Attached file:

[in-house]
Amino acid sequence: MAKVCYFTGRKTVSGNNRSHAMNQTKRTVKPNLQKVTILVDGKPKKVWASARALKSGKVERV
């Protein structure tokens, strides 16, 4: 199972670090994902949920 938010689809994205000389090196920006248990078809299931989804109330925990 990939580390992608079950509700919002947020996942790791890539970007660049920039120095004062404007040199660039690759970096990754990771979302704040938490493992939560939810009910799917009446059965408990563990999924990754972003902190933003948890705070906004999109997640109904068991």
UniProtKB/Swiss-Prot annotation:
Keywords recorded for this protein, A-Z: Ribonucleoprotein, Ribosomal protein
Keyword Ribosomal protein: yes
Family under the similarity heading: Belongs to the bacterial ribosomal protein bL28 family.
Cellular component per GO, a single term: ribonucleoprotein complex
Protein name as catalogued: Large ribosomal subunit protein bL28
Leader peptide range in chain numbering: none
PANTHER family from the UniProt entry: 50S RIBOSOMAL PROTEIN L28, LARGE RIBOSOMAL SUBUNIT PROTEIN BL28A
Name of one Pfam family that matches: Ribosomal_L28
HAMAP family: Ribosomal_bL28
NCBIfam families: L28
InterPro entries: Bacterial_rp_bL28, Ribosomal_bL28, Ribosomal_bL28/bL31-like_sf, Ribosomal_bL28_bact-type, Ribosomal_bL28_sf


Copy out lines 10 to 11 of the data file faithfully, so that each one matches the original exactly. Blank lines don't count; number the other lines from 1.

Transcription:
Leader peptide range in chain numbering: none
PANTHER family from the UniProt entry: 50S RIBOSOMAL PROTEIN L28, LARGE RIBOSOMAL SUBUNIT PROTEIN BL28A